I think also, I really wanted to reject Singaporean culture – I saw it as intrinsically linked with capitalism, greed, self centred ness and very archaic values.  My mother hated Singaporean culture and she linked Westernisation with thinking for ourselves or thinking outside the box.  Of course now all that seems like rubbish.  It was when I was in London that I started hearing about a growing poetry scene and growing activism. I’ve had enough of the West, I was tired of having to explain myself and people getting my name wrong. I took the option to return to Singapore, to see how I can contribute to this growing sub-culture that was very different.

Looking back, I realise now that I did put up with more microaggressions and discrimination within the predominantly white poetry and activist scenes than I was aware of at the time. I could have internalised a lot of it

There are so many layers to this thing, But it sounds like at least for you, the spoken word scene and activism goes very closely hand in hand.

I don’t actually feel like I do enough political activism to call myself an activist (though I wish I had more time to). I organize events and try to create spaces for people, especially young LGBTQ folks, to make sense of and/or try to cope with living in a what can be a horrifically oppressive society and hope it helps in some way. 

On another note, what I want to talk about in the workshop is how spoken word poets in this part of the world navigate the relationship between writing and politics. In my experience, many artists in Singapore end up deciding where they stand early on, because of structures and restrictions. Many people who aren’t from Singapore often assume we must be either getting arrested for talking about the government at poetry nights or have total freedom of speech. The reality is more complicated than that. For example, ticketed poetry and other arts events events get rated the way movies do, so we have to submit our scripts to a board in advance. Queerness, inequality and politicians are a few of the topics which can be considered unsuitable for a general audience. 

So the very act of choosing to practice art here is a political statement.

In some ways. Even if you don’t mean for it to be, even if you consider your writing to be apolitical it can still be politicised and subject to restrictions. I guess you could infer how this means even putting on things like queer events is some kind of act of resistance. There are more barriers to navigate, we also learn to play by the rules and self-censor.

But I would not say that all art here is inherently political, especially since so much of it is created by people in comfortable socio-economic positions, for people in positions of power and comfort, and often gets co-opted to make the country look cool and friendly.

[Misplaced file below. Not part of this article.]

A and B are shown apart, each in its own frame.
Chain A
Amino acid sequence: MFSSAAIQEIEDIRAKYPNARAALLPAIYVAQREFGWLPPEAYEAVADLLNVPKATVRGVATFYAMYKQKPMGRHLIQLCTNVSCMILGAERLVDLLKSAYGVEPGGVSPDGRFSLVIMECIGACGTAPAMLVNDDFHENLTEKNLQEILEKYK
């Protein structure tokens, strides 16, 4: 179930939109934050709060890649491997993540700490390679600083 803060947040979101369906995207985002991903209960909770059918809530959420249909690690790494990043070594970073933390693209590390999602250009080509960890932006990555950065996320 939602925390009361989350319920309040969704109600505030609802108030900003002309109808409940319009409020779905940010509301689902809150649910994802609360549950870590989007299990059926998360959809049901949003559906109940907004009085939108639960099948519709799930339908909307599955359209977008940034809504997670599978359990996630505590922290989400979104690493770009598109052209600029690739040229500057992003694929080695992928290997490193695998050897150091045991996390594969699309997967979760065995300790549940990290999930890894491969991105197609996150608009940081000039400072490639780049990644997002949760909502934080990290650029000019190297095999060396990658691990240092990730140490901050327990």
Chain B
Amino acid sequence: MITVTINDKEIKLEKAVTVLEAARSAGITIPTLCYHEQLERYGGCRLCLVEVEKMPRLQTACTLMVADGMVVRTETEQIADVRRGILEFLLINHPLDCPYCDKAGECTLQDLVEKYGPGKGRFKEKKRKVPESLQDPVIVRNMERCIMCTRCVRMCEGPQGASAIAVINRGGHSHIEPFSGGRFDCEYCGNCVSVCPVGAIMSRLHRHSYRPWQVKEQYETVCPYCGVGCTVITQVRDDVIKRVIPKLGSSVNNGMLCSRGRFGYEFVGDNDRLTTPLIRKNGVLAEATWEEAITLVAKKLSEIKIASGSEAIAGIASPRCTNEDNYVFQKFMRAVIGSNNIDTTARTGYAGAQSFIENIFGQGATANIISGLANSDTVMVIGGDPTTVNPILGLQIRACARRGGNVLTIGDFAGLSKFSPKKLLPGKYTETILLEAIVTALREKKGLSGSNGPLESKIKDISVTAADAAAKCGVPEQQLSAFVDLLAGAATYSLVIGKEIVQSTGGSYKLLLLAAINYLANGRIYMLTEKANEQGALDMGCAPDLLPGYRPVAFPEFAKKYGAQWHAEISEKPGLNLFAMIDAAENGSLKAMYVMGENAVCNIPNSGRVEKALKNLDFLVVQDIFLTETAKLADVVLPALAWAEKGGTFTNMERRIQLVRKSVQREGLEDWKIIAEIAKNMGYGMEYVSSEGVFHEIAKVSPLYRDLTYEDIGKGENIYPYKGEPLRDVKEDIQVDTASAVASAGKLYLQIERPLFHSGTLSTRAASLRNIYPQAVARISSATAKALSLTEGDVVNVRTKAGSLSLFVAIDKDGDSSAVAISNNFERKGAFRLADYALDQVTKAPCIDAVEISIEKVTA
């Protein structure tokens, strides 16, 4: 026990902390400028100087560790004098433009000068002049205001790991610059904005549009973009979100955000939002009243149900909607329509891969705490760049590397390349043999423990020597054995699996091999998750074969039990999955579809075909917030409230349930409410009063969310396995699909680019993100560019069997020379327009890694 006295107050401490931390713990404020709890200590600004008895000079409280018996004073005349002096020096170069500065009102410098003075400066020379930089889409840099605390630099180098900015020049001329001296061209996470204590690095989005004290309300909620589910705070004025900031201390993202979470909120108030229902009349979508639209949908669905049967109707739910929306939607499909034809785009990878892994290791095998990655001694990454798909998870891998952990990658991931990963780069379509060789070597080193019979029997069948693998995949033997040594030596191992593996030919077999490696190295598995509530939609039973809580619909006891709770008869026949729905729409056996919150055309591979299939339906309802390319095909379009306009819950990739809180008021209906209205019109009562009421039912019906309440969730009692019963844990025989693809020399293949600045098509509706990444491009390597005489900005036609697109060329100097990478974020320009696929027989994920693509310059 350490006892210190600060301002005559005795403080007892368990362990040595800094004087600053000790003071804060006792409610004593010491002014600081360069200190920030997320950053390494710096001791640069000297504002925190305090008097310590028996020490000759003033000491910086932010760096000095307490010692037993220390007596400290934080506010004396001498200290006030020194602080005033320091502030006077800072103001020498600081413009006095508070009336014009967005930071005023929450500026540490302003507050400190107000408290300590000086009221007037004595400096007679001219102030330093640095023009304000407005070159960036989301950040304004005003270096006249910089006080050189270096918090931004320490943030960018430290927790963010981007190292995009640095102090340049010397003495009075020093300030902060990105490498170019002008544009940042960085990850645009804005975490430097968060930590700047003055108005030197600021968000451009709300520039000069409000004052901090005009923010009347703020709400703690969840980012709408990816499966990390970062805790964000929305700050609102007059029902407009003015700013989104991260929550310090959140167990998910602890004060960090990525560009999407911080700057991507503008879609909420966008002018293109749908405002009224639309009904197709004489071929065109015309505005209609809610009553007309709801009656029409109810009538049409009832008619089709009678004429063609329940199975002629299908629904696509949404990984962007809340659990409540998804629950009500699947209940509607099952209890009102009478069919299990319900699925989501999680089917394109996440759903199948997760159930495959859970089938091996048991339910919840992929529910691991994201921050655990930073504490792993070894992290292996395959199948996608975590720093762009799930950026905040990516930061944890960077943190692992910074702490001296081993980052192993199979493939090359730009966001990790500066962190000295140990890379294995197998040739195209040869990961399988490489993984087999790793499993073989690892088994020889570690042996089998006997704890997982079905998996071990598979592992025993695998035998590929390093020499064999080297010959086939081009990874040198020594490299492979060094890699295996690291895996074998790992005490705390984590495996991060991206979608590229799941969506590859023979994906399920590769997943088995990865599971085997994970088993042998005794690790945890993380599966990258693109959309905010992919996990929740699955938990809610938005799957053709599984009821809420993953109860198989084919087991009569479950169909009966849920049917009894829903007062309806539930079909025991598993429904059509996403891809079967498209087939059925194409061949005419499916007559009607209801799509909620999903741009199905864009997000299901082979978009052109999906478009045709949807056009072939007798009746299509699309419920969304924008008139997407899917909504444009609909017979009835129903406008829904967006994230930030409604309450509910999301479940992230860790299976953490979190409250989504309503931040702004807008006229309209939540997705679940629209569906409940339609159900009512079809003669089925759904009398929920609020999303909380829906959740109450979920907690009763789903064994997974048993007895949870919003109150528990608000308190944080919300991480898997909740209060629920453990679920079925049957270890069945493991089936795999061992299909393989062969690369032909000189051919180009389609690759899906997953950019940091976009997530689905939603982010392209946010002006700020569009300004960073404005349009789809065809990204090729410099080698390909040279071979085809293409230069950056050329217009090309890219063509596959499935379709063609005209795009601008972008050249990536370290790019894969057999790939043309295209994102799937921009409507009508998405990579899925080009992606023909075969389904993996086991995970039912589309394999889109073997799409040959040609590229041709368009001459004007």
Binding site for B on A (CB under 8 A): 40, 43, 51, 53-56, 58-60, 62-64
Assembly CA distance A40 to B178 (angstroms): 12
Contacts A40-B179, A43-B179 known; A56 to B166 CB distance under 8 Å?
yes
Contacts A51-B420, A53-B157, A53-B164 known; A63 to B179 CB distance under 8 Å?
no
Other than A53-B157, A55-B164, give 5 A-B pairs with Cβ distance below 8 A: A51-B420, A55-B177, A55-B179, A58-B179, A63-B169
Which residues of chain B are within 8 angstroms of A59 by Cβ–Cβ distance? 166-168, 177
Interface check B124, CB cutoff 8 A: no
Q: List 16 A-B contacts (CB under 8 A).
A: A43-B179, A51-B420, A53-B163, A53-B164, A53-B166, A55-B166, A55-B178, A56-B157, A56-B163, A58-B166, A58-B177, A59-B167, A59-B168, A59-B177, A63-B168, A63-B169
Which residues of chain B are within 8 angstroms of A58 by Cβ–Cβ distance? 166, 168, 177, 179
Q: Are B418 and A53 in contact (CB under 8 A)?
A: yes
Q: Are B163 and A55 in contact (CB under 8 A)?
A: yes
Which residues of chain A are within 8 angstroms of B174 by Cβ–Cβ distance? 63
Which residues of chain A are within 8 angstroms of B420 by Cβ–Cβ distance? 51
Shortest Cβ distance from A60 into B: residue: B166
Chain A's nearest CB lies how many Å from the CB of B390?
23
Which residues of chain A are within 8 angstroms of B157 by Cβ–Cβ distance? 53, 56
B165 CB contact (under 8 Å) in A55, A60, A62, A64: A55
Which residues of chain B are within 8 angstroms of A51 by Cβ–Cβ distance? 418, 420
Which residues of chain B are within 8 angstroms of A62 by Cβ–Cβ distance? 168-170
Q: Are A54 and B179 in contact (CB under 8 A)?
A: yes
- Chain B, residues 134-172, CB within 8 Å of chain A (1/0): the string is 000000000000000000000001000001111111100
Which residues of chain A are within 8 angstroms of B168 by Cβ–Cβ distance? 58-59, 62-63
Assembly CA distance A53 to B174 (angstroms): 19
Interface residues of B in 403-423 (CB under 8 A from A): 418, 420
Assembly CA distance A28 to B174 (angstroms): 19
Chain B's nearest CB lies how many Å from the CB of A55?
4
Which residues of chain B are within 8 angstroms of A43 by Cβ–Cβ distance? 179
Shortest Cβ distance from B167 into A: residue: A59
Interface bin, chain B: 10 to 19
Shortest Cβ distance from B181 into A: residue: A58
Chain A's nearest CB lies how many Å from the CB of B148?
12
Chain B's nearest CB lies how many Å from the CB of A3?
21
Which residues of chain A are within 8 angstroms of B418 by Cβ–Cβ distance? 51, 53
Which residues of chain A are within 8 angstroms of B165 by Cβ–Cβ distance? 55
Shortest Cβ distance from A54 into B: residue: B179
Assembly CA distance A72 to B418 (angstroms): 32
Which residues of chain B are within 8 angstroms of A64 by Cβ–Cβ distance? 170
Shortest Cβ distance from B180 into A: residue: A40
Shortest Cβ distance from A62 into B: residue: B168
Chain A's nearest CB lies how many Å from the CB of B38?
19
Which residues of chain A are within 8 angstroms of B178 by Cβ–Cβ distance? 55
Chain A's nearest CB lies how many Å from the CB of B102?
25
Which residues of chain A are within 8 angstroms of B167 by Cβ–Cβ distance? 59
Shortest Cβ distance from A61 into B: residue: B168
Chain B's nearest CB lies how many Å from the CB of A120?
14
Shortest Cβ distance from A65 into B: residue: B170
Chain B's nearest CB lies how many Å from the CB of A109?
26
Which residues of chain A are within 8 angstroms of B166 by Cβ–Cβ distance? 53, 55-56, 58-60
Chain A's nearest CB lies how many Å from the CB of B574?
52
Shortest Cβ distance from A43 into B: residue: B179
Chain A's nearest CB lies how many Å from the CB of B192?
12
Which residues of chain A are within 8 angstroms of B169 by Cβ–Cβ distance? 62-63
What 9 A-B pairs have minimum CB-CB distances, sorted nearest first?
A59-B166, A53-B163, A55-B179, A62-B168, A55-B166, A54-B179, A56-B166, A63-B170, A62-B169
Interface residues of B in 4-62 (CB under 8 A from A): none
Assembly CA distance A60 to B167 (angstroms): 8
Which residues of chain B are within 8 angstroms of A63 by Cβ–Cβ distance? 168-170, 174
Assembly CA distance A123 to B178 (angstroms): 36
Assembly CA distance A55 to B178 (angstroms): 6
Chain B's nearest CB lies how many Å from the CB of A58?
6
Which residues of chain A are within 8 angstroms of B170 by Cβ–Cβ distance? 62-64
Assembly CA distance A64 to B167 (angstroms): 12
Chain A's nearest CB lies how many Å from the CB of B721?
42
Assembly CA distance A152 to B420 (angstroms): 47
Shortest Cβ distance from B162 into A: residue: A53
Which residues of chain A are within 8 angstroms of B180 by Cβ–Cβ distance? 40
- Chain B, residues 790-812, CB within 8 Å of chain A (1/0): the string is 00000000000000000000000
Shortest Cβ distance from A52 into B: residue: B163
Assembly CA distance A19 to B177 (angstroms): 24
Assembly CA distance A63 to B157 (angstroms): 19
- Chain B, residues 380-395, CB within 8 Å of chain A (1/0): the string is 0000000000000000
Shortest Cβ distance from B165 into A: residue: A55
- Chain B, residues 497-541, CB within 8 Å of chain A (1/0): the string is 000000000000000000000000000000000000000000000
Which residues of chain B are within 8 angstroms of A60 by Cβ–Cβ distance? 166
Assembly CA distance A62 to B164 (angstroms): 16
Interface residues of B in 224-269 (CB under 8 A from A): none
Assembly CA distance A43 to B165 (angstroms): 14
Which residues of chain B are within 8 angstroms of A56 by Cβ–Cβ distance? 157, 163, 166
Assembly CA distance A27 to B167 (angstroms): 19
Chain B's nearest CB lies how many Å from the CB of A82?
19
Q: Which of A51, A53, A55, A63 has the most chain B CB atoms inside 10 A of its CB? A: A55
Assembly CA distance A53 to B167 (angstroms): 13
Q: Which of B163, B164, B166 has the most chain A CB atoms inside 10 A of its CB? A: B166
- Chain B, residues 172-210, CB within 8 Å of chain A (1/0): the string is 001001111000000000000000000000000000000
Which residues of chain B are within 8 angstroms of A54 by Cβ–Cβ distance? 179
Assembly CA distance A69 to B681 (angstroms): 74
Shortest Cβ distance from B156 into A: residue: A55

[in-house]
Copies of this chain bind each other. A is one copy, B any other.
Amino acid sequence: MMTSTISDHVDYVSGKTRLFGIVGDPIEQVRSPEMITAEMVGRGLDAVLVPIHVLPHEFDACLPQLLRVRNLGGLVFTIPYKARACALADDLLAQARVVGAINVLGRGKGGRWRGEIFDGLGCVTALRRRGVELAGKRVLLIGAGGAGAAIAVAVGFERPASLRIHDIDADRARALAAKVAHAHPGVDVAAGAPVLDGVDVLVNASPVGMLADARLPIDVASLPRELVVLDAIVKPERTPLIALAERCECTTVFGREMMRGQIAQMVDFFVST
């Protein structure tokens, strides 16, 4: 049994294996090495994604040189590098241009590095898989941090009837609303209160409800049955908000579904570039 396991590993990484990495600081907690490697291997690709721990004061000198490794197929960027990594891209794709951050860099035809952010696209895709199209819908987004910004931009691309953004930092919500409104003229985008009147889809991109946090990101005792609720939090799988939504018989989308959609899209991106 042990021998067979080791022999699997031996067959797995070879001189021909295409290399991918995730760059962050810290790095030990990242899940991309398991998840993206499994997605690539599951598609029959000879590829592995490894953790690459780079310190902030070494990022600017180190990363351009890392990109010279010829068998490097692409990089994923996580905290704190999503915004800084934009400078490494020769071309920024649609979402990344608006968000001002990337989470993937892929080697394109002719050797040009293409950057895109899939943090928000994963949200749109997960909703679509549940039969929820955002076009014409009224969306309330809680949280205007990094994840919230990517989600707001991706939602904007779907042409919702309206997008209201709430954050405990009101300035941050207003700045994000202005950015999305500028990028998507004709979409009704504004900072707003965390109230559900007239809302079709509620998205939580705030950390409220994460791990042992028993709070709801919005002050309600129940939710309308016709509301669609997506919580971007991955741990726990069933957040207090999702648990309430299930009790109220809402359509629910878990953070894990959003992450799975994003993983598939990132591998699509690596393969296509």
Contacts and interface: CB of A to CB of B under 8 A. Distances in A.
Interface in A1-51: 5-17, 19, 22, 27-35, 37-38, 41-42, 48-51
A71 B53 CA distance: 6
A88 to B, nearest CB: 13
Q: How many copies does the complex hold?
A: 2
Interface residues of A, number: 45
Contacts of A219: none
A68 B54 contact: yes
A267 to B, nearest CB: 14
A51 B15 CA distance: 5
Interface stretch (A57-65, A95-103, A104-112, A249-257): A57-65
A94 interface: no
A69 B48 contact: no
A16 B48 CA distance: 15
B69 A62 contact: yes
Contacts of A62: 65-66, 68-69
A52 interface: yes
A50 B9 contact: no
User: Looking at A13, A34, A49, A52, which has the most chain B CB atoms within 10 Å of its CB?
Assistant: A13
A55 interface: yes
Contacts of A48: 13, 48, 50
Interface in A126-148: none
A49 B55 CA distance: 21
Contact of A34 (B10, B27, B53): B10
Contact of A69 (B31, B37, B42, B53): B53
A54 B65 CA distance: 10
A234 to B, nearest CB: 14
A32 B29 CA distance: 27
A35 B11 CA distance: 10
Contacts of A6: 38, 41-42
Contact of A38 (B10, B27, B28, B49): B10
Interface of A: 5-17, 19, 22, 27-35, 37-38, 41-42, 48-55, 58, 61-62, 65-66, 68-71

You have a recent collection, “Roadkill for Beginners”. Can you talk about that?

Roadkill for Beginners is a collection of poems, some written for performance and some written to be read (though at this point I have performed almost all of them) and they span 2009 to 2017. It’s sort of a chronological and geographic journey from growing up in Singapore to elsewhere and back again. Somewhere in between there’s a cabin and birds and trying to assimilate in an intentional community in the American Midwest and painting banners and cycling through in London while imagining myself in a cyberpunk dystopia novel.

When I returned to Singapore, there was sort of a a poetry publication renaissance. A wonderful independent bookshop called Books Actually and its publishing arm, Math Paper Press (you should visit it!), created some very beautifully and slickly designed poetry collections by both new and established poets and increased the popularity of buying poetry books among people in Singapore, so the idea of publishing a collection of my poems suddenly became a possibility in my mind.

I submitted manuscripts around without much success for a few years, and people kept telling me that it was getting harder to publish and eventually I became quite bitter about the whole thing. But I was speaking to Melizarani T. Selva one night, and she asked, why don’t you have a book out yet?  Meliza said, just submit your manuscript. Get it in order and submit it to everyone one more time. And finally I got a bite. In hindsight, I realise it’s important not to listen to the naysayers, and just get on with it.

What’s your next big project?

At some point, I would like to do a show on the book, maybe collaborate with musicians. It’s still I thinking stage. I am going to be part of this event called Sing Lit body slam – a collaboration with spoken word poets and wrestlers, Meliza and I are going to team up, we did it two years ago, and Joshua Ip one of his schoolmates started his own wrestling school, and the way it works there will be poetry battles and each poetry will have it’s own avatar – and this year we think the poet’s will also learn to wrestle.

Thank you Stephanie for a great interview! Be sure to check her out when she’s in Melbourne for MSWPF 2019, at the festival opening night, Mother Tongue Women of Fire, Going Down Swinging’s Spoken Like A Champion or check out her workshop.

Waffle Irongirl